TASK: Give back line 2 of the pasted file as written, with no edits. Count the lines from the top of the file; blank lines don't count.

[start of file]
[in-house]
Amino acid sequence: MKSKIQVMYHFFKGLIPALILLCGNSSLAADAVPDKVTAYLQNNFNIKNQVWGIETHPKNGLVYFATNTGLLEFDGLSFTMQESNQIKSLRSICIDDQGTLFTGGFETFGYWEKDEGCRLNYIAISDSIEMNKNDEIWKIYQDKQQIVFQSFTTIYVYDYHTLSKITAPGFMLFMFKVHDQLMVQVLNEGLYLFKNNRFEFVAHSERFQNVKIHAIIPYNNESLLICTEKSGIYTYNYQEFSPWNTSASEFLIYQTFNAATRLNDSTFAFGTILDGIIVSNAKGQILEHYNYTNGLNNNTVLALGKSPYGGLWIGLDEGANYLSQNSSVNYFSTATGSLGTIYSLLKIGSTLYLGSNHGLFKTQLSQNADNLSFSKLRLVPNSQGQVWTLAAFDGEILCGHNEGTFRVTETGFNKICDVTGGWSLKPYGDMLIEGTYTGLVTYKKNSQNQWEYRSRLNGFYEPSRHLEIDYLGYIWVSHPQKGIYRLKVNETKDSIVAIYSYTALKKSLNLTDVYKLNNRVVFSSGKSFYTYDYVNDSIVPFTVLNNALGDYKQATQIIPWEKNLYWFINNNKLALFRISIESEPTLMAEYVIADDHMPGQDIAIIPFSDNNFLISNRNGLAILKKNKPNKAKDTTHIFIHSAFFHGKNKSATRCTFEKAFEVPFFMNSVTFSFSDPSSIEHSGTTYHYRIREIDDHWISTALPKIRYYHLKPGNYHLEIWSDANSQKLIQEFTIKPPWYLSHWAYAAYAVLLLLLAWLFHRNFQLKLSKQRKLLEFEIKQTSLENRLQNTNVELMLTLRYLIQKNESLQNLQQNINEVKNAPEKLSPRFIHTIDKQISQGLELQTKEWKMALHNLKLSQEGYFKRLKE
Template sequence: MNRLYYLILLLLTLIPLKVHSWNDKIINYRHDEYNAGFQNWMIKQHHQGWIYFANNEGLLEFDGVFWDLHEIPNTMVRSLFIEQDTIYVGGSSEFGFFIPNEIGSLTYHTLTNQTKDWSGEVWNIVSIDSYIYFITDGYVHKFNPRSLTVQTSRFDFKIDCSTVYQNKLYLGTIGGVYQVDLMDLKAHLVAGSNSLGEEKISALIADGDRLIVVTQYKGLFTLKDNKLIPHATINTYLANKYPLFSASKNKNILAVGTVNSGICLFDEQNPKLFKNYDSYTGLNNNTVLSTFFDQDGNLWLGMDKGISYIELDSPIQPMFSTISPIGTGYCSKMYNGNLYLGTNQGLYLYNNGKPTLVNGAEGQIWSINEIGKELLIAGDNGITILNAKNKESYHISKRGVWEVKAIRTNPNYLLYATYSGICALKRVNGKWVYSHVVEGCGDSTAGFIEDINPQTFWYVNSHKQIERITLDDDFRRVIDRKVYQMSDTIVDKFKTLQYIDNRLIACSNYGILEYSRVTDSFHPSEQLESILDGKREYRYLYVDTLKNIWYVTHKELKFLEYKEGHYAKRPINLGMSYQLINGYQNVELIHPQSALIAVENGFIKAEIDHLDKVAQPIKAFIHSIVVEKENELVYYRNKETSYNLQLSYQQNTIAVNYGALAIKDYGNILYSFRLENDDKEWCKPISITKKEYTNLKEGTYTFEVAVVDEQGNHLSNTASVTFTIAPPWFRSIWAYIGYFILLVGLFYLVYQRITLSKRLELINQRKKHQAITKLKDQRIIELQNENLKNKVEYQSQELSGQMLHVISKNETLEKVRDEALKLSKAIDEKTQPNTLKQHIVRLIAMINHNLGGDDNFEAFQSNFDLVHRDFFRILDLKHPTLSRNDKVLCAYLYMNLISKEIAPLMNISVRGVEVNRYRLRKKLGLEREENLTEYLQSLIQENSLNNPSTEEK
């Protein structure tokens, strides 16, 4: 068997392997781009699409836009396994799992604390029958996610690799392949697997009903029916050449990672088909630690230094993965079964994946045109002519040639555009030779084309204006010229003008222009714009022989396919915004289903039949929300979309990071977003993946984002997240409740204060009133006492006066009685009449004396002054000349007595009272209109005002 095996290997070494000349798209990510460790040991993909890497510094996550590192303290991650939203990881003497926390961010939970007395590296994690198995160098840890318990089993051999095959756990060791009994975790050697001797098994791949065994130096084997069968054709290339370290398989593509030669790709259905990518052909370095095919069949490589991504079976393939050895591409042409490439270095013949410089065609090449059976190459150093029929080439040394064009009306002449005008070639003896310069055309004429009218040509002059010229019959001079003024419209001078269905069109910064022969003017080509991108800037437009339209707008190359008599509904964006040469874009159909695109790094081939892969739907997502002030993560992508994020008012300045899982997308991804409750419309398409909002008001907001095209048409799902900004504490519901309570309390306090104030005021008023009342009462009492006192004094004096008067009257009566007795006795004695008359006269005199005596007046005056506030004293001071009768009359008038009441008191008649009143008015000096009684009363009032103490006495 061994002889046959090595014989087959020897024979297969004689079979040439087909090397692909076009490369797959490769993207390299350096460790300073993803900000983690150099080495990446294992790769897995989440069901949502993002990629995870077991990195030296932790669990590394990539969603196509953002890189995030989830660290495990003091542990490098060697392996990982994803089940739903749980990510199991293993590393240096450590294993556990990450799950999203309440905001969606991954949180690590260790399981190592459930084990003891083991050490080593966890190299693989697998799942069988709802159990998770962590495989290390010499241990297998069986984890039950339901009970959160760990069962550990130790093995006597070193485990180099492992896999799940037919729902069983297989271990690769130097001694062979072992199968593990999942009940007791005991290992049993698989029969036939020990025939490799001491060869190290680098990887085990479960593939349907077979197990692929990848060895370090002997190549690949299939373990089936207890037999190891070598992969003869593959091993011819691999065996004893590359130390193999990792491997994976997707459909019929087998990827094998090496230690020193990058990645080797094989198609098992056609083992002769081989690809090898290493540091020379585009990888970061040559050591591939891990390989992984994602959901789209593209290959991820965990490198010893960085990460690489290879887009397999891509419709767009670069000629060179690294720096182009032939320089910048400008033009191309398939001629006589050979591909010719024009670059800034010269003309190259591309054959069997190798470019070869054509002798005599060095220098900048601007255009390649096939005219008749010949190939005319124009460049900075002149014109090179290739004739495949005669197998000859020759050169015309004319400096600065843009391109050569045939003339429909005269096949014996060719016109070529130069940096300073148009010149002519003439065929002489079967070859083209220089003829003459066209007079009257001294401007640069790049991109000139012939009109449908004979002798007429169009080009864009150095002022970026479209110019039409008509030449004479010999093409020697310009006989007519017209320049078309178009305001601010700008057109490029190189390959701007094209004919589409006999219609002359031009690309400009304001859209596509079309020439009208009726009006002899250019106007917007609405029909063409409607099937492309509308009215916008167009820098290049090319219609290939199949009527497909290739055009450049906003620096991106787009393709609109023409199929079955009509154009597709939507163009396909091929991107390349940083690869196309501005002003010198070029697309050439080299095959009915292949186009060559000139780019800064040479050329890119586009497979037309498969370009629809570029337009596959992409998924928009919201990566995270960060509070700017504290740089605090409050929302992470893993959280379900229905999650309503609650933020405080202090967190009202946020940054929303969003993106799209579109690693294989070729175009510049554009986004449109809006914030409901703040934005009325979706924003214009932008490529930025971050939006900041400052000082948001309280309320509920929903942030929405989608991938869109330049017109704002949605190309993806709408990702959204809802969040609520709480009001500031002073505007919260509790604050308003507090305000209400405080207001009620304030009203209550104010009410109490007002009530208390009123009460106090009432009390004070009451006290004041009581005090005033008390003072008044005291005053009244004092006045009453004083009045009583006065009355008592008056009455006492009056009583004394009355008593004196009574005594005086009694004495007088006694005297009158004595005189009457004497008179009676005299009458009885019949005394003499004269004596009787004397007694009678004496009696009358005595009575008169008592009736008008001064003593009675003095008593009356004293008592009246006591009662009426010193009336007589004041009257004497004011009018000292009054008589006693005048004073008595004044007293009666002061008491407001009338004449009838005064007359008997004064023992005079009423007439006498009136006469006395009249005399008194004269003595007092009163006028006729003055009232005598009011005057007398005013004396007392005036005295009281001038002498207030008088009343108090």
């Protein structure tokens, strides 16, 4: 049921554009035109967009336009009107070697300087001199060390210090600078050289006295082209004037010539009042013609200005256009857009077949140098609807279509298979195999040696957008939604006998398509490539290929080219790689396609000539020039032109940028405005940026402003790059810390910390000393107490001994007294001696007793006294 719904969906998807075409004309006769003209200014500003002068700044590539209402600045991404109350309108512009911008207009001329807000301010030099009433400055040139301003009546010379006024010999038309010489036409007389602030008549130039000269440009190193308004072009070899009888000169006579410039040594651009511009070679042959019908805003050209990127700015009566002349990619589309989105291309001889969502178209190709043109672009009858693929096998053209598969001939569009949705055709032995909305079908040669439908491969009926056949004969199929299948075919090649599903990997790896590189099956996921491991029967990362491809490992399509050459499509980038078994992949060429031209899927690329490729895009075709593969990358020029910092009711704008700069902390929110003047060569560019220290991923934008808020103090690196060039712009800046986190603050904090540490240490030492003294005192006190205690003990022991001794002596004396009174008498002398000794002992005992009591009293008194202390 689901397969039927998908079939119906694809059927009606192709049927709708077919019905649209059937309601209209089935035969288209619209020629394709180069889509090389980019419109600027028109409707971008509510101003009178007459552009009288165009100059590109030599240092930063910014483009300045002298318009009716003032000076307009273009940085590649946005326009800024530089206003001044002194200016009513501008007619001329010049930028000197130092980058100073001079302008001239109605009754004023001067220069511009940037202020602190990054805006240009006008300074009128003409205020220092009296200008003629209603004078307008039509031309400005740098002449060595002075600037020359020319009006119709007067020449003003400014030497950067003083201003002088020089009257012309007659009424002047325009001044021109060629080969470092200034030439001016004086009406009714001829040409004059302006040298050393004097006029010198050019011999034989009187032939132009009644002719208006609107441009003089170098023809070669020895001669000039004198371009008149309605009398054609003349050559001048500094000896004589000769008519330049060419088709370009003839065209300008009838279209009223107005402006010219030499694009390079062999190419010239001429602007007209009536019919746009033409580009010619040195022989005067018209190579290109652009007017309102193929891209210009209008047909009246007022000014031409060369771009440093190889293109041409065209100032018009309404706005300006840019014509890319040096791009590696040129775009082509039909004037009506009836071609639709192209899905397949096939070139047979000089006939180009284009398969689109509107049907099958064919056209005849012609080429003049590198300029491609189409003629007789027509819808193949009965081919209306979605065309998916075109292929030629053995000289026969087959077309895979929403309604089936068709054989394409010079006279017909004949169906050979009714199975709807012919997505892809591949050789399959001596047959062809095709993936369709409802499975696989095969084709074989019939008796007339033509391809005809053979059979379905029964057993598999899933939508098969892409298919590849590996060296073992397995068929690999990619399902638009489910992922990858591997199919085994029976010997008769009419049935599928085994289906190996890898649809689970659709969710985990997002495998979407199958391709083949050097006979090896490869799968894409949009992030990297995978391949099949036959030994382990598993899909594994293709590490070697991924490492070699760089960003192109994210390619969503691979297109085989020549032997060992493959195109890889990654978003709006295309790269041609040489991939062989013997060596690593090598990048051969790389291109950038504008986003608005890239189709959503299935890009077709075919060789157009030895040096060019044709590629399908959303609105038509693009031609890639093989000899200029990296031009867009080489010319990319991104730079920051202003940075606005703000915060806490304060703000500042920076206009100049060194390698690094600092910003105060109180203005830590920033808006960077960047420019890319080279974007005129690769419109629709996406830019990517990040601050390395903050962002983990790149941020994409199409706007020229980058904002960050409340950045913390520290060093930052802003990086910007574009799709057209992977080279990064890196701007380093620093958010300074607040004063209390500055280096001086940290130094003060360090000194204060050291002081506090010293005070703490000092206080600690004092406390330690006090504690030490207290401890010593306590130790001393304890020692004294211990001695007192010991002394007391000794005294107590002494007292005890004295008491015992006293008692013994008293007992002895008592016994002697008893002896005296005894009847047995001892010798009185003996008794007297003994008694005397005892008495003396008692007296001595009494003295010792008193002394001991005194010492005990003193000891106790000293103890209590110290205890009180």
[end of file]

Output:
Amino acid sequence: MKSKIQVMYHFFKGLIPALILLCGNSSLAADAVPDKVTAYLQNNFNIKNQVWGIETHPKNGLVYFATNTGLLEFDGLSFTMQESNQIKSLRSICIDDQGTLFTGGFETFGYWEKDEGCRLNYIAISDSIEMNKNDEIWKIYQDKQQIVFQSFTTIYVYDYHTLSKITAPGFMLFMFKVHDQLMVQVLNEGLYLFKNNRFEFVAHSERFQNVKIHAIIPYNNESLLICTEKSGIYTYNYQEFSPWNTSASEFLIYQTFNAATRLNDSTFAFGTILDGIIVSNAKGQILEHYNYTNGLNNNTVLALGKSPYGGLWIGLDEGANYLSQNSSVNYFSTATGSLGTIYSLLKIGSTLYLGSNHGLFKTQLSQNADNLSFSKLRLVPNSQGQVWTLAAFDGEILCGHNEGTFRVTETGFNKICDVTGGWSLKPYGDMLIEGTYTGLVTYKKNSQNQWEYRSRLNGFYEPSRHLEIDYLGYIWVSHPQKGIYRLKVNETKDSIVAIYSYTALKKSLNLTDVYKLNNRVVFSSGKSFYTYDYVNDSIVPFTVLNNALGDYKQATQIIPWEKNLYWFINNNKLALFRISIESEPTLMAEYVIADDHMPGQDIAIIPFSDNNFLISNRNGLAILKKNKPNKAKDTTHIFIHSAFFHGKNKSATRCTFEKAFEVPFFMNSVTFSFSDPSSIEHSGTTYHYRIREIDDHWISTALPKIRYYHLKPGNYHLEIWSDANSQKLIQEFTIKPPWYLSHWAYAAYAVLLLLLAWLFHRNFQLKLSKQRKLLEFEIKQTSLENRLQNTNVELMLTLRYLIQKNESLQNLQQNINEVKNAPEKLSPRFIHTIDKQISQGLELQTKEWKMALHNLKLSQEGYFKRLKE